1987) showed that the foaming properties were increased with increase in the molecular weight of the protein.0) containing 0.0) were reacted with TGase (0. MO).2% dipotassium hydrogen phosphate. chymotrypsin (52 units/mg). A.5 M NaCl.. (St Louis. Therefore. the supernatant was acidified to pH 4. 0.. After incubation. Kato et al. Preparation of proteasedigested APP A freeze-dried sample (4 g) of soy protein was suspended in 400 ml of 0. The mixture was incubated at 37°C for 6 h.05% sodium azide. The supernatant dialyzed against 0.. 1994. 1980. containing 10 mM 2-mercaptoethanol(2-ME) at 20°C.5% glucose.1 units/mg).. in addition to a problem of bitterness due to the presence of peptides enriched with hydrophobic amino acid residues (Arai et al. 1995.1 M phosphate buffer (pH 7.1 M phosphate buffer (pH 7.. Unless otherwise stated. The chymotrypsin and papain treatments were similar to the pronase one except that for the papain treatment.2% dipotassium hydrogen phosphate and 0.05 M Tris-HCl (pH 8. After centrifugation.1 M phosphate buffer (pH 7. MATERIALS AND METHODS Materials Enzymes Proteases (pronase E (4. S.). 100 ml of 0.05% Adekanol and then cultured for 3 days.05% sodium azide and 30 mg pepsin. Kato ovomucin (Kato et al. papain (14 units/mg) and pepsin (2345 units/ mg)) were purchased from the Sigma Chemical Co. Sergo et al. . The latter was used for transglutaminase treatment. 1991b.1 M HCl containing 0. Preparation of microbial transglutaminase Microbial transglutaminase was purified from the culture medium of Streptoverticillium cinnamoneum sub sp.0) for 24 h at 4°C.0). A. 0. The mixture was incubated at 55°C for 60 min. N. 1970). Pepsin digestion was carried out by dispersing 5 g soy protein in 300 ml of 0.05 M phosphate buffer (pH 6. However. The digested mixture was centrifuged (8000x g rpm) to precipitate a small amount of undigested protein. 1985) and ovalbumin (Kato and Takagi. 1989). pronase was inactivated by heating at 100°C for 3 min. 1989. The microorganism was inoculated in 200 ml of 0. M.. 1995) and is known to catalyze the transfer reaction between an amide group in a protein-bound glutamine and an e-amino group in a protein-bound lysine sidechain..1 M phosphate buffer (pH 7. The mixture was incubated at 37°C for 6 h.1% MgS04. This approach may be promising for the utilization of unutilized proteins and improvement in their functional properties. Sakamoto et al. The digested mixture was centrifuged (8000x g rpm) to precipitate a small amount of undigested protein. The enzyme was inactivated by heating at 100°C for 3 min. The treated samples were dialyzed against distilled water and then freeze-dried.0) composed of 2. Transglutaminase treatment The protease digests or acid hydrolysate (10 mg/ml) which dialyzed against 0.1%) (Kato ef al. the supernatant was dialyzed against distilled water or 0. The enzyme was inactivated by N-ethylmaleimide (0. Nio and Motoki. the clear supernatant was dialyzed against distilled water for 24 h at 4°C and then freeze-dried. Sakamoto et al.5) was applied to a column of amberlite CG-50 and then the adsorbed fraction was eluted with 0. 2.1% MgS04 for 48 h at 30°C.0.1 M phosphate buffer (pH 7. cinnamoneum IF012852 (Ando et al. an attempt was made to polymerize soy protein peptides through microbial transglutaminase treatment. the pH was adjusted to 7. resulting in poor functional properties.0) for 24 h at 4°C. and then 40 mg of pronase was added.0% polypeptone.0% lustergen.2% polypeptone.628 E.. polymerization of protein peptides should be considered in order to overcome this problem (Tanimoto et al. 0. 1991). the supernatant was dialyzed against distilled water or 0. resulting in cross-links between the protein molecules. the protease digestion causes a decrease in the molecular weight. The precipitated protein was dissolved in water at 4°C and the pH adjusted to 8.. Babiker. Matsudomi. pH 8.0) was used for transglutaminase treatment. Acid hydrolysis To 5 g of freeze-dried sample of APP. 0. The peak of TGase was collected and dialyzed against deionized water. The treated mixture was centrifuged (8000x g rpm) to precipitate a small amount of unhydrolysed protein. all reagents used in this study were of reagent grade.2 mg/ml). 1991b). Acid-precipitated soy protein preparation Acid-precipitated soy protein (APP) was prepared by the method of Iwabuchi and Yamauchi (1987). the supernatant was dialyzed against distilled water or 0. E..5) containing 0. Khan.1 ml.8 with 2 N HCl and then centrifuged. After centrifugation (8000x g rpm). A sample of defatted meal (100 g) was extracted once with 2 1 0. Therefore. The adsorbed sample was eluted with a gradient of 0 to 1 M NaCl. Transglutaminase as a polymerizer has been extensively studied (Folk. The culture medium (pH 6. The fraction having high activity of TGase was collected and then adsorbed to Blue Sepharose CL-6B (Pharmacia Co. 1983. The culture medium was added to 20 1 of fresh medium (pH 7. Nonaka et al. 0.03 M Tris-HCl buffer. 0.2% yeast extract and 0.05 N HCl was added and then the mixture was incubated at 100°C for 60 min.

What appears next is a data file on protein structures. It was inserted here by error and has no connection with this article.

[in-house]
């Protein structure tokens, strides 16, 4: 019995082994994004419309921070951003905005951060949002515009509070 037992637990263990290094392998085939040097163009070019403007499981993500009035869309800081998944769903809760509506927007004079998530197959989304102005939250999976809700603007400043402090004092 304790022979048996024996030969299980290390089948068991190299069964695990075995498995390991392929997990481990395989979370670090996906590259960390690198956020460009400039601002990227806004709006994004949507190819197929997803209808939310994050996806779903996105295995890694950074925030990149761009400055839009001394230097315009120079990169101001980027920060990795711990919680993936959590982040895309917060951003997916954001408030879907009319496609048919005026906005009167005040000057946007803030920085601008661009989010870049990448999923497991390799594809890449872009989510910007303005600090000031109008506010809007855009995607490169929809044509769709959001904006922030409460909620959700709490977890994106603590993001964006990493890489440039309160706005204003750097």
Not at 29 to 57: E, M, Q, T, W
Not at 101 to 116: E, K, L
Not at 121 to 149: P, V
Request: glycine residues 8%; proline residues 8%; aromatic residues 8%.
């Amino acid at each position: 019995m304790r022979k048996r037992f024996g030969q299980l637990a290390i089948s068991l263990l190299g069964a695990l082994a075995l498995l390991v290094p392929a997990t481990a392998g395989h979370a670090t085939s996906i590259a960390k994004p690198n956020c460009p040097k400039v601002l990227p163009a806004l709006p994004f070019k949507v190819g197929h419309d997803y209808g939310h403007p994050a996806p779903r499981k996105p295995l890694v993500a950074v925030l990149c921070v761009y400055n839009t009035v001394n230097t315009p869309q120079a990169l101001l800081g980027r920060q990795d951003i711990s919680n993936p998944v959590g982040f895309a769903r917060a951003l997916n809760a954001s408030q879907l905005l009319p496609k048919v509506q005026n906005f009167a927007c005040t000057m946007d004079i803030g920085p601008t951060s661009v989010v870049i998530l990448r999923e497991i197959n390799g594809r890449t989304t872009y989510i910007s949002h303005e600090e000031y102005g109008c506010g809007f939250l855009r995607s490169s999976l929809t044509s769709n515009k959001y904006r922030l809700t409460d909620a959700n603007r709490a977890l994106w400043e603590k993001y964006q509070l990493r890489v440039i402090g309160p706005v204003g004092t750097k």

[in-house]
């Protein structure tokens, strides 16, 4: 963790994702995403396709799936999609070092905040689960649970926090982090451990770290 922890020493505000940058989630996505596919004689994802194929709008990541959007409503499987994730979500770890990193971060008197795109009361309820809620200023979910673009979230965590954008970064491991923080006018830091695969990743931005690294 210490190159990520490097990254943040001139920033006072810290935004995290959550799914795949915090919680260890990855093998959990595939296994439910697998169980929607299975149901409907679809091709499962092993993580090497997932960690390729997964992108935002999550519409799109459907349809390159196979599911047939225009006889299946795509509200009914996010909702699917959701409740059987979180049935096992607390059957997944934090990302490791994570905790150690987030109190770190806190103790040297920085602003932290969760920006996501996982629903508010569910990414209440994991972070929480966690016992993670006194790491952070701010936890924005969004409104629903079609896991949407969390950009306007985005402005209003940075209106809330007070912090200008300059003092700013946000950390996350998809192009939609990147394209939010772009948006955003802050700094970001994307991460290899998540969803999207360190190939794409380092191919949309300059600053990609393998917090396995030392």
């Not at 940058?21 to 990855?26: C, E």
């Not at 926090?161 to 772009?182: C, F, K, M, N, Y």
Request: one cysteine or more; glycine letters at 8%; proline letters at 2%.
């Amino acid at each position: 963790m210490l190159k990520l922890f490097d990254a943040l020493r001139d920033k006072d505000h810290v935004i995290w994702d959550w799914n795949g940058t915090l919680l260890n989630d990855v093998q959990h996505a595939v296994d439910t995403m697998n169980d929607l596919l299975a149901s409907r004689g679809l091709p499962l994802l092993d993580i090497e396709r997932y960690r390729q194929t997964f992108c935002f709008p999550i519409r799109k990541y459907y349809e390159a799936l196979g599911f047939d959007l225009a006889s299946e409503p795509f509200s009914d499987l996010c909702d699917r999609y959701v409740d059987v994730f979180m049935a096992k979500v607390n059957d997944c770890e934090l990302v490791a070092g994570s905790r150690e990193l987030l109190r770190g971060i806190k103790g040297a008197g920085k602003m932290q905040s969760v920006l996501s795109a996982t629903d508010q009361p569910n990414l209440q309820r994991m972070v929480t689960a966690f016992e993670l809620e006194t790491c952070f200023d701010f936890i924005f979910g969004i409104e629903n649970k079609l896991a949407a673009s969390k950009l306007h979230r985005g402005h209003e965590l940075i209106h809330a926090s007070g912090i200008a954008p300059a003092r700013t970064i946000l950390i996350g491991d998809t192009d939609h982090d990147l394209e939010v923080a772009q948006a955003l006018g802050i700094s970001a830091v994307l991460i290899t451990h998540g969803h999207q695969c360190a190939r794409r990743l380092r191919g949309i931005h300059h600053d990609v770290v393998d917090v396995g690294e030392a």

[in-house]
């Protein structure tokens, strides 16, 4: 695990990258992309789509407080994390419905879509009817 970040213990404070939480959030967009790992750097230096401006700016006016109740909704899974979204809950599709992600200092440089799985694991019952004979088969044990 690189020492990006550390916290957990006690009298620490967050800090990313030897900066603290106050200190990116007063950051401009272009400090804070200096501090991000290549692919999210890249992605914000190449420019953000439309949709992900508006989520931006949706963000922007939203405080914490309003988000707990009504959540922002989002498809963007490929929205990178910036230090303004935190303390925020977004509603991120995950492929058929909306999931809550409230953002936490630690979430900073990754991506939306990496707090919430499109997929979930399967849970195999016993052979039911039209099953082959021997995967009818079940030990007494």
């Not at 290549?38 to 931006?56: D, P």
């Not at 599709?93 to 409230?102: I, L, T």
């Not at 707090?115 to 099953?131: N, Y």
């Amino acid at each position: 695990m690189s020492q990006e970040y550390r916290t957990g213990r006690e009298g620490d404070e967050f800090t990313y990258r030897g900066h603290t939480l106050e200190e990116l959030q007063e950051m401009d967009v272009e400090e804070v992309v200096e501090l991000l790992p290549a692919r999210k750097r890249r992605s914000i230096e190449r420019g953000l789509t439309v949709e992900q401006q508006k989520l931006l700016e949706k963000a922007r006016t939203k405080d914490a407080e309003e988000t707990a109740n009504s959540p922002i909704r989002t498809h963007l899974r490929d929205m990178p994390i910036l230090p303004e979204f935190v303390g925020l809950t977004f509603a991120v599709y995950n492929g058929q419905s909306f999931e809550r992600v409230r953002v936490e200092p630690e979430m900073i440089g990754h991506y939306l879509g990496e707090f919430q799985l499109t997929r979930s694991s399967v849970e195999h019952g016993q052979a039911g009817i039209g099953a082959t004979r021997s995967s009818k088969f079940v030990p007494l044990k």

Immediately the turbidity was measured at 500 nm. pH 7.05% sodium azide and 0.5 ml/min. at a flow rate of 0. where K is a constant depending on the instrumental and experimental conditions and is determined by using standard protein. Each sample solution (0. The emulsifying activity was determined from the absorbance immediately measured after the emulsion formation.1% cis-parinaric acid solution in ethanol containing butylated hydroxy toluene (BHT) as an antioxidant was added to 2 ml protein solution in 0..05 M NaOH slightly adjusted with 0.05 M acetate buffer.2%) of protease digests and acid hydrolysate with and without TGase treatment were used for the determination of solubility at various pH values (pH 2-3. 0. the gel sheets were stained with 0.05 M carbonate buffer and pH 12. in a glass filter (G-4) at a constant flow rate (90 cm3/min). The emulsion stability was estimated by measuring the halftime of the initial turbidity of the emulsion. NY 11716) for 10 s. 0. containing 0. Gel filtration by high-performance liquid chromatography (HPLC) Gel filtration was done by HPLC in a TSK Gel G-3000SW column (Tosoh Co. 0. Japan.05 M citrate buffer. SDS-polyacrylamide gel electropboresis SDS-polyacrylamide gel electrophoresis (SDS-PAGE) was performed using the method of Laemmli (1970) with 15% acrylamide separating gel and 5% acrylamide stacking gel containing 0. 0.1 M phosphate buffer.01 M phosphate buffer. The samples were dissolved in the buffer and then shaken with a vortex mixer (Scientific Industries.002% sodium dodecyl sulfate. using the same buffer as eluent.05 M phosphate buffer. 1983). (outpuths.2%) in 0. pH 7. Electrophoresis was carried out at a current of 10 mA for 1 h. Measurement of foaming properties The foaming properties were determined using the conductivity method (Kato et al. 20 mA for 2 h in electrophoretic Tris-glycine buffer containing 0. The chromatogram was depicted by monitoring the effluent at 280 nm. West Germany) at 12 000 rpm for 1 min at 20°C. 0. Samples (20 ~1. were shaken together and homogenized in an Ultra Turrax (Hansen & Co. containing 0.5 ml/min.Polymerization of soy protein digests 629 Measurement of solubility Freeze-dried samples (0. Elution from columns by using the same buffer was monitored with a low-angle laser light scattering photometer (LS-16) and then with a precision differential refractometer (RI-32). 4-8202. 0. respectively. Determination of surface hydrophohicity The surface hydrophobicity of proteins was determined by the method of Kato and Nakai (1980).. The parinaric acid-protein conjugate was excited at 325 nm and the relative fluorescence intensity at 420 nm was measured in an Aminco-Bowman spectrophotofluorometer (No.8 containing 1% SDS.0. (1) The average molecular weight was determined by eqn 2 (Takagi and Hizukuri. (output)nr. The molecular weight was estimated from the ratio of the output of a lowangle laser light scattering photometer.75x60 cm*). MW = K(output).1 M phosphate buffer. 1984). The foaming power was expressed as the maximum conductivity during aeration.9. thereafter. pH 4-5.1% SDS) was put into the column at a flow rate of 0.75x30 cm). 10 ul of 0.2% in 200 mM Na-phosphate buffer. After electrophoresis. Electric conductivity of foams was measured when air was introduced into 5 ml of a 0. To prepare emulsions.2% protein solution in 0. by eqn 1 (Takagi and Hizukuri.2%) were prepared in a Tris-glycine buffer at pH 8. 1984) where (area)Ls and (area)ni are the total areas in the elution peak of the LS photometer and the refractometer.O ml of corn oil and 3.1% SDS.. 0. Molecular weight determination The molecular weight of the native protein and that of the digests and hydrolysates polymers was determined according to the low-angle laser light scattering method of Kato and Takagi (1987).. 0..1% sodium dodecyl sulfate solution.2% Coomassie brilliant blue-R250 and destained with 10% acetic acid containing 20% methanol for 18 h to remove any traces of the staining solution. pH 6. The absorbance of the diluted emulsion was then determined at 500 nm.. to that of a refractometer. pH 68. The foam stability was indicated as the time for the disappearance of the foams (absence of conductivity).0 ml of protein solution (0. Bohemia. pH 9-l 1. consisting of a TSK gel G4000SW column (Toyo Soda Co./(output). A 50 pl sample of emulsion was taken from the bottom of the container at different times and diluted with 5 ml of 0.. containing 0. MW = K(area)&(area)nt Measurement of emulsifying properties The emulsifying properties of freeze-dried samples were determined by the method of Pearce and Kinsella (1978). pH 7. American Instrument (2) . pH 7.4. Tokyo.1% SDS. The prepared solutions (0.1% sodium dodecyl sulphate) were applied to a high-performance gel chromatography system.2% in 50 mM sodium phosphate buffer. 1.05 M HCl). Native ovalbumin was used as a molecular weight standard. Inc.